• For all the reasons you give in paragraph number three I would allow the person to remain subject to the same rules that everybody else has to follow. If the powers that be don't want you to do business with that person then the deputy should arrest that person else the deputy should get along with investigating actual crimes.

  • DanSmith

    I'd make sure my umbrella insurance policy was paid up. Then I would tell the man that the state had fingered him and he was going to be living under a microscope. I would not boot him out.

  • Mike

    It’s an unfortunate situation for all. Whatever your decision may be, I would certainly keep the deputy apprised and directly involved as best I could. It sounds like he’s passing on to you what should most likely be the state’s liability. But since you are in business with them, I guess you should shoulder some responsibility. Either way, be vigilant in making sure the deputy (as the state’s employee) takes on liability as well, in whatever shape or form. The way you make it sound is that the deputy distributed some flyer notifications regarding the situation and pretty much passed all responsibility on to you. Good luck.

  • craftman

    In short, kick him out (say sherriff came by and it's a liability issue) but give him a business card and ask him to contact you if he needs help with housing/jobs. Take him out to lunch, get to know his story (is he worthy of help or truly some terrible guy?). Business decision is one thing, doesn't mean you can't treat him like a human outside of that.

  • Dragon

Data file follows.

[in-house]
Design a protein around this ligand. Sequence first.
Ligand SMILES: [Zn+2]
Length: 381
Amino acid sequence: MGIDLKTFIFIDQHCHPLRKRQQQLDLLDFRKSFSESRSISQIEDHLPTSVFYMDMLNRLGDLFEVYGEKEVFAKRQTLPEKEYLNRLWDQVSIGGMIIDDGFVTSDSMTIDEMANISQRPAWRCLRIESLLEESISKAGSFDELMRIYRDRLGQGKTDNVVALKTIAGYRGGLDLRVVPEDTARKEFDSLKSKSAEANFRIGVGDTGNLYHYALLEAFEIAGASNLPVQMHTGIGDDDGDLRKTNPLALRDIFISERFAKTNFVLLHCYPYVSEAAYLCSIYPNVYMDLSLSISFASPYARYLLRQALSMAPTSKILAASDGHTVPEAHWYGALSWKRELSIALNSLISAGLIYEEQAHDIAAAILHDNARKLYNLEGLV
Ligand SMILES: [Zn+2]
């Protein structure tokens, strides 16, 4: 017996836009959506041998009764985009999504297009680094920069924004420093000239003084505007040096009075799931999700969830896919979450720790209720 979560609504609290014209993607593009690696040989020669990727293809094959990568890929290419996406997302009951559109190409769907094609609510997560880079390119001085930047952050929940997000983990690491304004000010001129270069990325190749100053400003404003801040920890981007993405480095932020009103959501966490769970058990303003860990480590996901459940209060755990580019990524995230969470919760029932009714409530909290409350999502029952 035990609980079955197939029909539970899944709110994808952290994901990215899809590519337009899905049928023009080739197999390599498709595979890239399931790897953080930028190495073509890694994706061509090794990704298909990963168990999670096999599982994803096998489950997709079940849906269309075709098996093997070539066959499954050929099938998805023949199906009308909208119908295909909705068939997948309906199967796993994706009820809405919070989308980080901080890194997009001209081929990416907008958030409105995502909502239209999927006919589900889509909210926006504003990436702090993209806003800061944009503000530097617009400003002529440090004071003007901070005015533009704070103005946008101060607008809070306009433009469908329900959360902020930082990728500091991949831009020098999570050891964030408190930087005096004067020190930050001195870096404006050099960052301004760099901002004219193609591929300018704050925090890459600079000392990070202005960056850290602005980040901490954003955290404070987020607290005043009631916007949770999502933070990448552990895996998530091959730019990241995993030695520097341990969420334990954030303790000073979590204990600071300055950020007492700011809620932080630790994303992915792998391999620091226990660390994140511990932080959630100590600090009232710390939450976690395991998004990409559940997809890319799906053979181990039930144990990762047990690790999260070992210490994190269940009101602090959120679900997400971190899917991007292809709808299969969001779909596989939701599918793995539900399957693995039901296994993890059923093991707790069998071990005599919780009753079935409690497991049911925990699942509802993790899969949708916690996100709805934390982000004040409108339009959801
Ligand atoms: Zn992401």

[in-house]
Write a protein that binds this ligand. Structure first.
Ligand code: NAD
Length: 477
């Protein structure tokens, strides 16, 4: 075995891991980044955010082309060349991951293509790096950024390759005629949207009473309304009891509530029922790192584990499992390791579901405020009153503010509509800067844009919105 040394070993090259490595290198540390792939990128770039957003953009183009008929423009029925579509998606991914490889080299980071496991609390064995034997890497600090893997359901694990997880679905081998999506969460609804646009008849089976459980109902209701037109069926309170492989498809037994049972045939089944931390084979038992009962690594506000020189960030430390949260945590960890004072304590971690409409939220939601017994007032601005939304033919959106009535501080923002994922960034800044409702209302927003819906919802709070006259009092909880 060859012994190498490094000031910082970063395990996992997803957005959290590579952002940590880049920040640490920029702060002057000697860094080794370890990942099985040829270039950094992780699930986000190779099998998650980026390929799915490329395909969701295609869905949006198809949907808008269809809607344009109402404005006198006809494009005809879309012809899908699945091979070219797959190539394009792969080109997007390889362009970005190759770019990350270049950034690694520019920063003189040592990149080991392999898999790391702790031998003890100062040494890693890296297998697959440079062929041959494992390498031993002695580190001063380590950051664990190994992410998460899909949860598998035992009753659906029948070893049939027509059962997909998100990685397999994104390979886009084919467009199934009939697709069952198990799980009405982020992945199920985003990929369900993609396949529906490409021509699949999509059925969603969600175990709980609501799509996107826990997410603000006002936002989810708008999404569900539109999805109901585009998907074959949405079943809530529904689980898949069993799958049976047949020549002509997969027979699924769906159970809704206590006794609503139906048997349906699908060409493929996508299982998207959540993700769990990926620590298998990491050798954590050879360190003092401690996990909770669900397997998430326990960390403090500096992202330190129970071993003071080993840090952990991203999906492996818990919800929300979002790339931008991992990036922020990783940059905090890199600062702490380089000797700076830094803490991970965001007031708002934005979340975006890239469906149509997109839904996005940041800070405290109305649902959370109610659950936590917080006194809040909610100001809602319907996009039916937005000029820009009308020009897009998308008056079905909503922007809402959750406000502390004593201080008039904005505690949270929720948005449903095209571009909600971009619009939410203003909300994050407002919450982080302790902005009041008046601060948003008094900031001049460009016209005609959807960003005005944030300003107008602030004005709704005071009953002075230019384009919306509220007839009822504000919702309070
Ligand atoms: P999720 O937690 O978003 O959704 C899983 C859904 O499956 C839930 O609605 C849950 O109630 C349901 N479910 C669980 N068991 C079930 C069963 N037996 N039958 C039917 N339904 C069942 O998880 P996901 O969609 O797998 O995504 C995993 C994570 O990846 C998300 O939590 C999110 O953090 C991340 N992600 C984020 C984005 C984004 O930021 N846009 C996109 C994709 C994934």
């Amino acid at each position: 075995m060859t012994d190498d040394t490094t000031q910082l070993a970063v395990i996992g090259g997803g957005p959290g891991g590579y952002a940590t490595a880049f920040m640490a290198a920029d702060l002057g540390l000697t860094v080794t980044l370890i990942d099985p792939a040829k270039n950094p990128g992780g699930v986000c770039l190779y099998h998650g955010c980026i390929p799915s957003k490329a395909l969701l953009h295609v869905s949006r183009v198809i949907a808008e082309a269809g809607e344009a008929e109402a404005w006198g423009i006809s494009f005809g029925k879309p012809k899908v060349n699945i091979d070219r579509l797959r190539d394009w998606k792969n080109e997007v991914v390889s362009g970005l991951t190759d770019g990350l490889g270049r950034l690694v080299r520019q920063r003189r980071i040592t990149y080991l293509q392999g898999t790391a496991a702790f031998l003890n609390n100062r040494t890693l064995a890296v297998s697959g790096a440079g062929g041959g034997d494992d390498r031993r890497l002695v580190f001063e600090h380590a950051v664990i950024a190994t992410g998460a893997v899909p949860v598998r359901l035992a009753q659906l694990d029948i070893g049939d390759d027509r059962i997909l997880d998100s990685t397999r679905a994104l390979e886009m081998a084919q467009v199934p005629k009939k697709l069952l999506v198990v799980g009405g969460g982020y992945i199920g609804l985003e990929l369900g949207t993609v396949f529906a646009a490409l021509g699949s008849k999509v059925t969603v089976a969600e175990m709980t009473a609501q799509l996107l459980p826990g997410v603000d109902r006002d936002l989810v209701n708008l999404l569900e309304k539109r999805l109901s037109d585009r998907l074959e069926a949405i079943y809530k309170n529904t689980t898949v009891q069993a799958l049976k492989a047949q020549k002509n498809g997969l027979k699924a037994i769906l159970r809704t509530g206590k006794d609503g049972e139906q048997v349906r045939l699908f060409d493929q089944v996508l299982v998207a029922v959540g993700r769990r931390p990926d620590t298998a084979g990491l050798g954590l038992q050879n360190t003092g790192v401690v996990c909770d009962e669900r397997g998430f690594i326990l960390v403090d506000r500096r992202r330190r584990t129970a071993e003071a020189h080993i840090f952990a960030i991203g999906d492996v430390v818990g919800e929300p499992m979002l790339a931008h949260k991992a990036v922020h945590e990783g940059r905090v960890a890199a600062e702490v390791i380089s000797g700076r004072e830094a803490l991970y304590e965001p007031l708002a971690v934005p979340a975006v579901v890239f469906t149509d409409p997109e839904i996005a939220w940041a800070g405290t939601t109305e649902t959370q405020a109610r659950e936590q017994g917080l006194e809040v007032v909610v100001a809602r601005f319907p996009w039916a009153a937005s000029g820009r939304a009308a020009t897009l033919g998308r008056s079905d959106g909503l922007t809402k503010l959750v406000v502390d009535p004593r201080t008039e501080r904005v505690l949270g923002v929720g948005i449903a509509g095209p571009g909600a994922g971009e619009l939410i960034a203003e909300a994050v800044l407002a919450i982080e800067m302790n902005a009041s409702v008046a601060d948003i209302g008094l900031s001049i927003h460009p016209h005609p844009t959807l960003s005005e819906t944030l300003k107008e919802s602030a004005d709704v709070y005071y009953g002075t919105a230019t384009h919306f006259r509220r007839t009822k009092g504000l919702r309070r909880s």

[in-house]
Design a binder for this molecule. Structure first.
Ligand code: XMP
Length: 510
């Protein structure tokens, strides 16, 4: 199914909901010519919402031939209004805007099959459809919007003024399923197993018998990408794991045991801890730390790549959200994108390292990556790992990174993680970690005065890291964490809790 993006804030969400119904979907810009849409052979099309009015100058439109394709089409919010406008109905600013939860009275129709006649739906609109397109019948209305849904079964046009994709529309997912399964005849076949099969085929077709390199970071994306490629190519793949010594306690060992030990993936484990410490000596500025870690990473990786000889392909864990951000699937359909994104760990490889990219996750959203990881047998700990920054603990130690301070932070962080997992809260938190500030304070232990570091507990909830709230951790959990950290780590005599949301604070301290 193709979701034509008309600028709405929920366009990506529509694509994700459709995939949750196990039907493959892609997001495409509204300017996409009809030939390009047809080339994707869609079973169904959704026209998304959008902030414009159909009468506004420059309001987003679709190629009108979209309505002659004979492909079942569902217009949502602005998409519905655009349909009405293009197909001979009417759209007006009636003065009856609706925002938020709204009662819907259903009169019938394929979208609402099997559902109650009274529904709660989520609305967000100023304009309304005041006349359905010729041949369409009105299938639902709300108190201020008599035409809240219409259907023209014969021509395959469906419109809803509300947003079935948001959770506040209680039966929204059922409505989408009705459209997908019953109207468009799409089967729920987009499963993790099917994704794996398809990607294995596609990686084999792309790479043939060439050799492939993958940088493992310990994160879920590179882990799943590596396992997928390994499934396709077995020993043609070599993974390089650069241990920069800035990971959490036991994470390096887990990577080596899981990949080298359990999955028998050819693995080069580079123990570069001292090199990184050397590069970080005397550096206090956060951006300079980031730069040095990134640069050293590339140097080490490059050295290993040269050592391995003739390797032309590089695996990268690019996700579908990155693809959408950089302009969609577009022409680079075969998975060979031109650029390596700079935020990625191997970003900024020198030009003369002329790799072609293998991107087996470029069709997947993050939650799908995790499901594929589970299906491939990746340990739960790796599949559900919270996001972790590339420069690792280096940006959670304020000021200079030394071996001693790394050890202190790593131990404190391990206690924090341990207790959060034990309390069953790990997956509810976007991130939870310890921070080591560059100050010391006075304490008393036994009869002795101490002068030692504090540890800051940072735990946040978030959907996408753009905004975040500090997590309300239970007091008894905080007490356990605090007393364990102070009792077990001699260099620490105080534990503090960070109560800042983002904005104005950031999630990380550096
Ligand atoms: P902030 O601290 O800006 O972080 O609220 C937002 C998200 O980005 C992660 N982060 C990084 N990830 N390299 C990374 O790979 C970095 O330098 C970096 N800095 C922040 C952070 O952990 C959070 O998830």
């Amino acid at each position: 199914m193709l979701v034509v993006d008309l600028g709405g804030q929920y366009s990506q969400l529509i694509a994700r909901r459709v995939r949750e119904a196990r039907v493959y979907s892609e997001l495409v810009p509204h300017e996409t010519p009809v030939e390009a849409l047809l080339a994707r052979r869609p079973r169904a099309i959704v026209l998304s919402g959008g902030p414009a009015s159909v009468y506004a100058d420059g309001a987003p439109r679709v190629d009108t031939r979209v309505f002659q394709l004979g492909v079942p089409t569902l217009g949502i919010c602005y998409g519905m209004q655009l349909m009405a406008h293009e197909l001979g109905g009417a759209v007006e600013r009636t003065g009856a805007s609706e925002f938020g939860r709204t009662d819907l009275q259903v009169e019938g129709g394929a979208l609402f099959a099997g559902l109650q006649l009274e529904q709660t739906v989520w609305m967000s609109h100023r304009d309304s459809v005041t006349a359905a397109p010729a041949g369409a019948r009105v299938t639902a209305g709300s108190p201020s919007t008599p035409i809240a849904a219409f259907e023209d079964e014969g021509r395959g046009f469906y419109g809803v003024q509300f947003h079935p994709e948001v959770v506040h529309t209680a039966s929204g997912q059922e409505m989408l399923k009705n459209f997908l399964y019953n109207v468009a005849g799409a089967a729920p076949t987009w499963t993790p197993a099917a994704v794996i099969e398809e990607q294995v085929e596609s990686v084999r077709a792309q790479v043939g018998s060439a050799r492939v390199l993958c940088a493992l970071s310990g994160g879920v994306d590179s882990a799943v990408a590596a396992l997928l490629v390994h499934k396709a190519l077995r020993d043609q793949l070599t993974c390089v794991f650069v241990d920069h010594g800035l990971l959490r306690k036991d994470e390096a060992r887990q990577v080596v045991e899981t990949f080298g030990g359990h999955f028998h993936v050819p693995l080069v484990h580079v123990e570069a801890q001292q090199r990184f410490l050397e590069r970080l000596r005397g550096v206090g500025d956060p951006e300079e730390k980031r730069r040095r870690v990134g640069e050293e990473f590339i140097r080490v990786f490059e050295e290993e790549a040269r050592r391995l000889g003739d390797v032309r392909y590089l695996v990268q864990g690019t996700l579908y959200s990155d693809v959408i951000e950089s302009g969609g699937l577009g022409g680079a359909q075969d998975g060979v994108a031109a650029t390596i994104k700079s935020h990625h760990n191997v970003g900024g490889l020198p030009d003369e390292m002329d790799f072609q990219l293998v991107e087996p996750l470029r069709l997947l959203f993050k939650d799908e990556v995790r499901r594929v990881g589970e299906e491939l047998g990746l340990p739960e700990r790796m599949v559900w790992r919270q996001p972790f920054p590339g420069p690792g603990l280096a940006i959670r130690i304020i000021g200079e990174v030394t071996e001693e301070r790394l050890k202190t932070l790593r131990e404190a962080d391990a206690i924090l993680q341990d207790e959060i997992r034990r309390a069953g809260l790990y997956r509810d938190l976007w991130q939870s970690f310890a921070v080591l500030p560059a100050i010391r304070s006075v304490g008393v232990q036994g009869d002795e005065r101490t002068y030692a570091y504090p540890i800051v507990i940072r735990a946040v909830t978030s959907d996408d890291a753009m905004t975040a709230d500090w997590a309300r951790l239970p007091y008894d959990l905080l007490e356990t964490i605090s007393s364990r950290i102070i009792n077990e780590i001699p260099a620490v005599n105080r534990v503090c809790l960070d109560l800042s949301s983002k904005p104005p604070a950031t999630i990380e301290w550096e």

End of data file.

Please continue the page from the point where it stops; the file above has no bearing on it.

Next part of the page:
Curious that the sheriff's deputy appears to know that this sex offender is staying at your public park and has taken the time to bring this flyer to your personal attention. I would try to obtain more information on the severity of the sex offense and how recent was the offense. I would also check your companies policies concerning denying service to customers to see if they have a policy about denying service to sex offenders. I know of several young men, one my nephew, who got nailed for a sex offense by jilted girl friends. They have this sex offender misdemeanor now on their records and they have had trouble getting jobs. There are bonafide serious sex offenders that prey on people in public parks especially children so it would help me make my decision if I knew more about the seriousness of the prior conviction and also how long ago it happened. I once was on an employee hiring committee that chose to overlook a sex offender conviction from 25 years ago when we received verification that the young man married the woman and was still married to her. If I decided that the offense was minor and that my company had no policy stating that it was Ok to kick out a paid customer for a prior sex offense then I would talk to the camper and share with him that he is being watched my the local police as that will act as a deterrent if he has any future sex offenses in the camp in mind. Keep in mind that the majority of sex offenders do not repeat the offense.